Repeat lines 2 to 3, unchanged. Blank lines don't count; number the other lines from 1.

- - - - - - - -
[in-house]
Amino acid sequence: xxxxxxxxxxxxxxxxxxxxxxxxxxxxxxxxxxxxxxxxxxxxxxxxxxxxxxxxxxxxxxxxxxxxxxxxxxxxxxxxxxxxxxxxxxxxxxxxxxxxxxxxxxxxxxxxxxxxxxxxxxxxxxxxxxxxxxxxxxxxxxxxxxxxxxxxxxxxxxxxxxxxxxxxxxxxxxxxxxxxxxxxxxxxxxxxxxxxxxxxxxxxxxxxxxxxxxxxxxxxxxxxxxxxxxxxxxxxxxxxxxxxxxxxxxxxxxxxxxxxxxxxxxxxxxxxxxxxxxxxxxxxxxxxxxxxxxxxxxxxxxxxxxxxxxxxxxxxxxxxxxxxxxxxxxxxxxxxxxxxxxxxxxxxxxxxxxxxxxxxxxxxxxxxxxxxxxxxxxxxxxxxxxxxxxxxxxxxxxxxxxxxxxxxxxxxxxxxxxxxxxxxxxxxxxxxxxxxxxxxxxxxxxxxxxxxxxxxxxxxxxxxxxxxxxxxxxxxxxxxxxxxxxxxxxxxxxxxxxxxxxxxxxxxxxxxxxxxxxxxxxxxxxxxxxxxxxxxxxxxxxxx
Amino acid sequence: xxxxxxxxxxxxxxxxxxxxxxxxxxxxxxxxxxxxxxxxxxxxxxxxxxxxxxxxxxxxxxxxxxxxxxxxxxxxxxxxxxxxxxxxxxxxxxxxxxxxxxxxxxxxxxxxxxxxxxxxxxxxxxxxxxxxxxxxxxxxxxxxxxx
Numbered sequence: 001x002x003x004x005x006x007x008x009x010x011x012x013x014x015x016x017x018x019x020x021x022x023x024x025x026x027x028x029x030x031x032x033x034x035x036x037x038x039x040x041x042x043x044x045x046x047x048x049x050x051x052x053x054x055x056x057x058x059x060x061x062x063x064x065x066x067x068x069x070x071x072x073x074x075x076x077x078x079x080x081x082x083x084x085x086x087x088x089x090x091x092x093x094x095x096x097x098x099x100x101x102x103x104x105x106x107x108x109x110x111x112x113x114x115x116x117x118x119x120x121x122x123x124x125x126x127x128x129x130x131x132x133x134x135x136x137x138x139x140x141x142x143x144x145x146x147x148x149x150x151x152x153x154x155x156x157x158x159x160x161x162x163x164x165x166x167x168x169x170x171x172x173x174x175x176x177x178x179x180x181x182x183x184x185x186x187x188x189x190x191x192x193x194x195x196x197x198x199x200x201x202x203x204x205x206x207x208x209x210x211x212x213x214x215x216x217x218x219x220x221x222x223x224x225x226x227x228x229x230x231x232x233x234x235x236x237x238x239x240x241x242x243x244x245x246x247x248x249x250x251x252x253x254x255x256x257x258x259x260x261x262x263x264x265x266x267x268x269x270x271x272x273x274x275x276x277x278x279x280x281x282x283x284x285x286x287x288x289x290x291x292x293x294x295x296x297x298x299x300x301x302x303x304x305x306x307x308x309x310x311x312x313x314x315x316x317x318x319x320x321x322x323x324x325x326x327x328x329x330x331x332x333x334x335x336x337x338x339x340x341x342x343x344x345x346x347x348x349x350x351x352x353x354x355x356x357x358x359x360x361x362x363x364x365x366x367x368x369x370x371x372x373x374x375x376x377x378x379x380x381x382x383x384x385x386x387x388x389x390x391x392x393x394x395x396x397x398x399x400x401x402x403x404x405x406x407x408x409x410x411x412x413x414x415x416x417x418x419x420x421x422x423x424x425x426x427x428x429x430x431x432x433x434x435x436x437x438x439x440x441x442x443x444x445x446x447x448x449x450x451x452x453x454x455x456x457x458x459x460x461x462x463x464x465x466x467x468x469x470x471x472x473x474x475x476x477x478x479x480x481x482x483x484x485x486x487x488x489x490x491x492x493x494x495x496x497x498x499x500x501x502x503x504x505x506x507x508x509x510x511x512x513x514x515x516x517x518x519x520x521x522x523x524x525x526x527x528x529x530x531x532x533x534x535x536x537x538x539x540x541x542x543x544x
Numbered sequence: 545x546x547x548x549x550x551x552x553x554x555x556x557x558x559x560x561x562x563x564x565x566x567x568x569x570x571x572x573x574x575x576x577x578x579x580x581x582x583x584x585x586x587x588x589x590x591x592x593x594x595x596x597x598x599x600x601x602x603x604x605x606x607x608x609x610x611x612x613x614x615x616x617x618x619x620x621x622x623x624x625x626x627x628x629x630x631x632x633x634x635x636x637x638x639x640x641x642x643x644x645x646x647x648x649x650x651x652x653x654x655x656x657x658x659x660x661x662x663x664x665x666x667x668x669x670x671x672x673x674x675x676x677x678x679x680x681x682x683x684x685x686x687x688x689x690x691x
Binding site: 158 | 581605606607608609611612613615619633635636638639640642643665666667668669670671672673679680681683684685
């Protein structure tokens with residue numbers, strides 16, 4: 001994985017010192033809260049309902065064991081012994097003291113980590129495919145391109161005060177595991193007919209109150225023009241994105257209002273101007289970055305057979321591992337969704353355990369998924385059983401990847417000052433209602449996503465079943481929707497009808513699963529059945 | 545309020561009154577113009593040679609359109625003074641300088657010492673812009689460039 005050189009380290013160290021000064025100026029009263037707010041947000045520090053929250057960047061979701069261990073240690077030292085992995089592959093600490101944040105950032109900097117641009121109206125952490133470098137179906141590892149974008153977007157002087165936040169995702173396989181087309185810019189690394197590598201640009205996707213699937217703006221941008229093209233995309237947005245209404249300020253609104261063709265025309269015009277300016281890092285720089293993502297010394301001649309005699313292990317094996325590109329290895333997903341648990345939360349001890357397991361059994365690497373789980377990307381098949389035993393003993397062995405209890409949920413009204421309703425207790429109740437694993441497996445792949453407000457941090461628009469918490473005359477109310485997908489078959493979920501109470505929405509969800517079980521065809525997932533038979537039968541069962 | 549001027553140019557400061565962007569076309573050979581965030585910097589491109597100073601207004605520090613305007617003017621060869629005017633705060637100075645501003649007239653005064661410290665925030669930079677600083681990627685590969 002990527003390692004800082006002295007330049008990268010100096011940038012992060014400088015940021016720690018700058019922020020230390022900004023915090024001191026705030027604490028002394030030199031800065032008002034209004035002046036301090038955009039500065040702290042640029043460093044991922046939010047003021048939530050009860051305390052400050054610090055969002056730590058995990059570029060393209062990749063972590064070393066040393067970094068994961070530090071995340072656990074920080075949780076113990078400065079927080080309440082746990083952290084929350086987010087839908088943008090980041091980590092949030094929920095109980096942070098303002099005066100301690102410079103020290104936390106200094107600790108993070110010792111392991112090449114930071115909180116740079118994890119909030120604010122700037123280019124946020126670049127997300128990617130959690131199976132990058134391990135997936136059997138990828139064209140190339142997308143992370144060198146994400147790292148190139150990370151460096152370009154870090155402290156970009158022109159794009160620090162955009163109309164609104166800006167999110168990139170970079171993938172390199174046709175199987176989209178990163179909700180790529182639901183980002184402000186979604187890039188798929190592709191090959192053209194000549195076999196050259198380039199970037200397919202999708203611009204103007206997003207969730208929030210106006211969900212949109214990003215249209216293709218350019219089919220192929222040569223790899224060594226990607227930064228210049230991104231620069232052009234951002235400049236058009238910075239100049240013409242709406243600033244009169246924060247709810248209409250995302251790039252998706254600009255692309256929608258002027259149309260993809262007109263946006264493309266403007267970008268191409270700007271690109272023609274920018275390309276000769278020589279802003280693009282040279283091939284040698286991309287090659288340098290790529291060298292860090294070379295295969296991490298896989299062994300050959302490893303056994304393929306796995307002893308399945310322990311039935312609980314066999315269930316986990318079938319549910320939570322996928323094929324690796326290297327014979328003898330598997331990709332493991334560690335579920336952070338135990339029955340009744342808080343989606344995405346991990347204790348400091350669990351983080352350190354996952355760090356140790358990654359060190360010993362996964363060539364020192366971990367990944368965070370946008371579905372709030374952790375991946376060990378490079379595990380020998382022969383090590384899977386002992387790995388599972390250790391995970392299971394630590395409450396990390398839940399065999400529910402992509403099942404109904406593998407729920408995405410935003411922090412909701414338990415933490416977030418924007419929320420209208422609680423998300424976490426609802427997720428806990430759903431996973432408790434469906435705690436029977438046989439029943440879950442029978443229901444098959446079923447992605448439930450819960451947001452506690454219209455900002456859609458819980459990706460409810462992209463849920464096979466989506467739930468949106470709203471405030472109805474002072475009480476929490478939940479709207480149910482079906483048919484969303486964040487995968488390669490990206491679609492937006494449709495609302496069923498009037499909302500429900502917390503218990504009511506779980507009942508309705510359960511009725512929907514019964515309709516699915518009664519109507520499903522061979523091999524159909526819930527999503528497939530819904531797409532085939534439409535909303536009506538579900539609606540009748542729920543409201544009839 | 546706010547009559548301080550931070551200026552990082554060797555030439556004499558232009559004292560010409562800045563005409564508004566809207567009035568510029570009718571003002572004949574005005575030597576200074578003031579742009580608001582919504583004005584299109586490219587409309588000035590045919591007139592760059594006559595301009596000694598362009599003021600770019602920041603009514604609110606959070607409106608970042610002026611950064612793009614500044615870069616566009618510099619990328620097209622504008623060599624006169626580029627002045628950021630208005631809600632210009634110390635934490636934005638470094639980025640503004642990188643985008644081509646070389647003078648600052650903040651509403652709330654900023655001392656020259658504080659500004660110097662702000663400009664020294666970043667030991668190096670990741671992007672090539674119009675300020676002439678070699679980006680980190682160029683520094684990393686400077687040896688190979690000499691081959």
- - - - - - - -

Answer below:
Amino acid sequence: xxxxxxxxxxxxxxxxxxxxxxxxxxxxxxxxxxxxxxxxxxxxxxxxxxxxxxxxxxxxxxxxxxxxxxxxxxxxxxxxxxxxxxxxxxxxxxxxxxxxxxxxxxxxxxxxxxxxxxxxxxxxxxxxxxxxxxxxxxxxxxxxxxxxxxxxxxxxxxxxxxxxxxxxxxxxxxxxxxxxxxxxxxxxxxxxxxxxxxxxxxxxxxxxxxxxxxxxxxxxxxxxxxxxxxxxxxxxxxxxxxxxxxxxxxxxxxxxxxxxxxxxxxxxxxxxxxxxxxxxxxxxxxxxxxxxxxxxxxxxxxxxxxxxxxxxxxxxxxxxxxxxxxxxxxxxxxxxxxxxxxxxxxxxxxxxxxxxxxxxxxxxxxxxxxxxxxxxxxxxxxxxxxxxxxxxxxxxxxxxxxxxxxxxxxxxxxxxxxxxxxxxxxxxxxxxxxxxxxxxxxxxxxxxxxxxxxxxxxxxxxxxxxxxxxxxxxxxxxxxxxxxxxxxxxxxxxxxxxxxxxxxxxxxxxxxxxxxxxxxxxxxxxxxxxxxxxxxxxxxxxxx
Amino acid sequence: xxxxxxxxxxxxxxxxxxxxxxxxxxxxxxxxxxxxxxxxxxxxxxxxxxxxxxxxxxxxxxxxxxxxxxxxxxxxxxxxxxxxxxxxxxxxxxxxxxxxxxxxxxxxxxxxxxxxxxxxxxxxxxxxxxxxxxxxxxxxxxxxxxx